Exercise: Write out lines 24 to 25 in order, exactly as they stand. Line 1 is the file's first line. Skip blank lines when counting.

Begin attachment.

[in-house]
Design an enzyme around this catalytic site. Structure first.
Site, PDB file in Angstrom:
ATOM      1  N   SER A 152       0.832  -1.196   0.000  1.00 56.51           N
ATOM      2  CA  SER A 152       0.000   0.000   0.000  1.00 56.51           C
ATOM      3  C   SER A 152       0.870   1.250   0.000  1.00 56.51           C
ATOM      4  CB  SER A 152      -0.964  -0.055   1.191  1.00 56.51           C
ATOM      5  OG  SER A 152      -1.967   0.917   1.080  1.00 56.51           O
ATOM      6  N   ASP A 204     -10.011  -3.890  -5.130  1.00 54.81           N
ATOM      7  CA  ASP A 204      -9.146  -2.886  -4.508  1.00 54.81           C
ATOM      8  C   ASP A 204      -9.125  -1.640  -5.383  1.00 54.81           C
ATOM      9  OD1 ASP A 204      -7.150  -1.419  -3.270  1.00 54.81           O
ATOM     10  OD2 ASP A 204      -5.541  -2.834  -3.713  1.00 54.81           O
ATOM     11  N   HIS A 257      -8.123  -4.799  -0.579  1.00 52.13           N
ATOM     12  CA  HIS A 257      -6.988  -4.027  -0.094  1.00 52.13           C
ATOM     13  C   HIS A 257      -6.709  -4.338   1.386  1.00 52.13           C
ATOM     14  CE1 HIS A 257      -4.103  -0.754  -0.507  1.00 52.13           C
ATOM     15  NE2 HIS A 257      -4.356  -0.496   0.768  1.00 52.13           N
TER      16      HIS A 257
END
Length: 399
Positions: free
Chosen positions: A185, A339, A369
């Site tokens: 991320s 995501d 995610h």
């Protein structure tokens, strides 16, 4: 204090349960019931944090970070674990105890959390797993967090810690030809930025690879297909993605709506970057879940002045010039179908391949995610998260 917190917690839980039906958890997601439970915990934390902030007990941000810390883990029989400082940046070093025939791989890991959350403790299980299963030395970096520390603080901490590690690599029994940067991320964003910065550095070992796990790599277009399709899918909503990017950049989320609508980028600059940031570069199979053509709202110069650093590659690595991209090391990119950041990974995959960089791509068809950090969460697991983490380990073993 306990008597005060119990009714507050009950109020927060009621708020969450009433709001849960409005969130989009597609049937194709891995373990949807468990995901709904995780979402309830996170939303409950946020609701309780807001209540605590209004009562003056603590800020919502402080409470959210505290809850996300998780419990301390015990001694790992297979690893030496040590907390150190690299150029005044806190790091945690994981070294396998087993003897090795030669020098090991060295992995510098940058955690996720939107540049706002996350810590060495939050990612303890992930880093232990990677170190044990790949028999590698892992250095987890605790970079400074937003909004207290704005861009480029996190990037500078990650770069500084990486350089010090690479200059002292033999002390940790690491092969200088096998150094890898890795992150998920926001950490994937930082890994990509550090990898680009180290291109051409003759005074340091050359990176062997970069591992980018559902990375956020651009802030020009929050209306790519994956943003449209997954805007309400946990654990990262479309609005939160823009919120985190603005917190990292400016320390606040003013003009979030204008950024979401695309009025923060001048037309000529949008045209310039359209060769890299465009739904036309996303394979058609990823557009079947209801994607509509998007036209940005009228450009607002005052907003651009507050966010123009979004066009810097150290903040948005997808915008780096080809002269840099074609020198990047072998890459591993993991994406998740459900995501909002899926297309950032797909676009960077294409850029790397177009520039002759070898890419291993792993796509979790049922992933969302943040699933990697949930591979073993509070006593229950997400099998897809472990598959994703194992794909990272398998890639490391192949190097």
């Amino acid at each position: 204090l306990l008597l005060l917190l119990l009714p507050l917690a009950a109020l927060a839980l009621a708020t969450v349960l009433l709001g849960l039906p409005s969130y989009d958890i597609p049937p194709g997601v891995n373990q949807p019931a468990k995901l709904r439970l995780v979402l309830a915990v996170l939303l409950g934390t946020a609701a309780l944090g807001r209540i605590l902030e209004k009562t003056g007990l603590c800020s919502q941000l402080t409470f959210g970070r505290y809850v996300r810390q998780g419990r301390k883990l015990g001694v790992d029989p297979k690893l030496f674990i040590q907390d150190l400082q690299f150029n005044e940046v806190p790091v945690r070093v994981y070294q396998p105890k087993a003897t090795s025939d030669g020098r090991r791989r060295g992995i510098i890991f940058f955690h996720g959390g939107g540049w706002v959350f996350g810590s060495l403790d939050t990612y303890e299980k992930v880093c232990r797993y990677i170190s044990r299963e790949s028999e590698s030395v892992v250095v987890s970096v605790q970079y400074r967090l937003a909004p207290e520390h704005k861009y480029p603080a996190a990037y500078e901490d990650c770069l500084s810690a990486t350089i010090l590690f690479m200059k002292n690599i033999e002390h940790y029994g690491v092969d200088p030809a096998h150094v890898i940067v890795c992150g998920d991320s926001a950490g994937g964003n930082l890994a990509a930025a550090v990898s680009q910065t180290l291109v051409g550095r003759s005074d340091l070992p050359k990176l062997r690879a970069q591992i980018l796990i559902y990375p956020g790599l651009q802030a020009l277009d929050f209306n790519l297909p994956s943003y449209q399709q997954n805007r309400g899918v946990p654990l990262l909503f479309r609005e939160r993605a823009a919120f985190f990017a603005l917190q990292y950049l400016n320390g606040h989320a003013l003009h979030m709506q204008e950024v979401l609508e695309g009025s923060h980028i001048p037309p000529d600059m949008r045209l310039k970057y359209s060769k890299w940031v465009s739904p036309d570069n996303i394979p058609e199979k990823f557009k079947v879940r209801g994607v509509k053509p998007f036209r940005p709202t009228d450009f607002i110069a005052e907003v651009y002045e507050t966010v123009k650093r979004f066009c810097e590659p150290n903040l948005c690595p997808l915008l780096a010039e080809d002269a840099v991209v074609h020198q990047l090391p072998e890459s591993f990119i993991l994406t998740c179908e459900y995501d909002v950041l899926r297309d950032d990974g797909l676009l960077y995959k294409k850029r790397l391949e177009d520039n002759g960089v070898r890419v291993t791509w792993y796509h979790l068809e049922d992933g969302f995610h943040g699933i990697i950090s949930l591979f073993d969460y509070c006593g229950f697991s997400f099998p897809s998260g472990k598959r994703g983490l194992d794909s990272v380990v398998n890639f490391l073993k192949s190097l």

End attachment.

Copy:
């Site tokens: 991320s 995501d 995610h």
């Protein structure tokens, strides 16, 4: 204090349960019931944090970070674990105890959390797993967090810690030809930025690879297909993605709506970057879940002045010039179908391949995610998260 917190917690839980039906958890997601439970915990934390902030007990941000810390883990029989400082940046070093025939791989890991959350403790299980299963030395970096520390603080901490590690690599029994940067991320964003910065550095070992796990790599277009399709899918909503990017950049989320609508980028600059940031570069199979053509709202110069650093590659690595991209090391990119950041990974995959960089791509068809950090969460697991983490380990073993 306990008597005060119990009714507050009950109020927060009621708020969450009433709001849960409005969130989009597609049937194709891995373990949807468990995901709904995780979402309830996170939303409950946020609701309780807001209540605590209004009562003056603590800020919502402080409470959210505290809850996300998780419990301390015990001694790992297979690893030496040590907390150190690299150029005044806190790091945690994981070294396998087993003897090795030669020098090991060295992995510098940058955690996720939107540049706002996350810590060495939050990612303890992930880093232990990677170190044990790949028999590698892992250095987890605790970079400074937003909004207290704005861009480029996190990037500078990650770069500084990486350089010090690479200059002292033999002390940790690491092969200088096998150094890898890795992150998920926001950490994937930082890994990509550090990898680009180290291109051409003759005074340091050359990176062997970069591992980018559902990375956020651009802030020009929050209306790519994956943003449209997954805007309400946990654990990262479309609005939160823009919120985190603005917190990292400016320390606040003013003009979030204008950024979401695309009025923060001048037309000529949008045209310039359209060769890299465009739904036309996303394979058609990823557009079947209801994607509509998007036209940005009228450009607002005052907003651009507050966010123009979004066009810097150290903040948005997808915008780096080809002269840099074609020198990047072998890459591993993991994406998740459900995501909002899926297309950032797909676009960077294409850029790397177009520039002759070898890419291993792993796509979790049922992933969302943040699933990697949930591979073993509070006593229950997400099998897809472990598959994703194992794909990272398998890639490391192949190097």